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Sanitary swab collection system, microfluidic assay device, and methods for diagnostic assays

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Sanitary swab collection system, microfluidic assay device, and methods for diagnostic assays


Biohazard specimen collection containers are provided with an external disposable skin, that is stripped away and discarded after the biohazardous specimen is collected, thus reducing or eliminating objectionable or dangerous residues on the outside surfaces of the container. Further, we teach that the sample collection container with external disposable skin may also serve as an integrated microfluidic biosample processing and analytical device, thereby providing a single entry, disposable assay unit, kit and system for “world-to-result” clinical diagnostic testing. These integrated assay devices are provided with synergic, multiple safe-handling features for protecting healthcare workers who handle them. The modified collection containers and analytical devices find application, for example, in PCR detection of infectious organisms or pathogenic markers collected on a swab.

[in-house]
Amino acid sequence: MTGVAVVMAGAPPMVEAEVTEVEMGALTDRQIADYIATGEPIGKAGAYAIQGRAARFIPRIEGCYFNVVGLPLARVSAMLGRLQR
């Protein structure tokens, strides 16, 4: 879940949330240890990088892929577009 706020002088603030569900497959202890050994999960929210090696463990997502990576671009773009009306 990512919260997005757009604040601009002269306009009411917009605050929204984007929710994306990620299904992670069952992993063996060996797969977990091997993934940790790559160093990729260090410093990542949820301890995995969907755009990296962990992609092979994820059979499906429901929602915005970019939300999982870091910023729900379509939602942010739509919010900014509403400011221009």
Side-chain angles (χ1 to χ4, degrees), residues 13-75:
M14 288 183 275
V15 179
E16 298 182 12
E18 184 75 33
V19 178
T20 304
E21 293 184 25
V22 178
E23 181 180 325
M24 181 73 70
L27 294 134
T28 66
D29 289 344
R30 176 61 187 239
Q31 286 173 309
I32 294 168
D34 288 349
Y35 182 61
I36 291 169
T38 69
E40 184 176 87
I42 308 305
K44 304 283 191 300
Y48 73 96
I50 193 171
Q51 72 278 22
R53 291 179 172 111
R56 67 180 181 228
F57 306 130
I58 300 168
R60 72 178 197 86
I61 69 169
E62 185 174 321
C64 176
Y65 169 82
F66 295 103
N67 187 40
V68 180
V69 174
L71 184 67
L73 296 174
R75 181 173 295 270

Browse recent Micronics, Inc. patents - Redmond, WA, US
Inventors: C. Frederick Battrell, Jason Capodanno, John Clemmens, Joan Haab, John Gerdes
USPTO Applicaton #: #20120271127 - Class: 600309 (USPTO) - 10/25/12 - Class 600 
Surgery > Diagnostic Testing >Measuring Or Detecting Nonradioactive Constituent Of Body Liquid By Means Placed Against Or In Body Throughout Test

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The Patent Description & Claims data below is from USPTO Patent Application 20120271127, Sanitary swab collection system, microfluidic assay device, and methods for diagnostic assays.

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CROSS-REFERENCE TO RELATED APPLICATIONS

This application is a divisional of U.S. patent application Ser. No. 12/695,487 filed Jan. 28, 2010, now allowed; which application is a continuation of International Patent Application No. PCT/US2008/071810 filed Jul. 31, 2008; which application claims the benefit under 35 U.S.C. §119(e) of U.S. Provisional Application No. 60/953,045, filed Jul. 31, 2007; which applications are incorporated herein by reference in their entireties.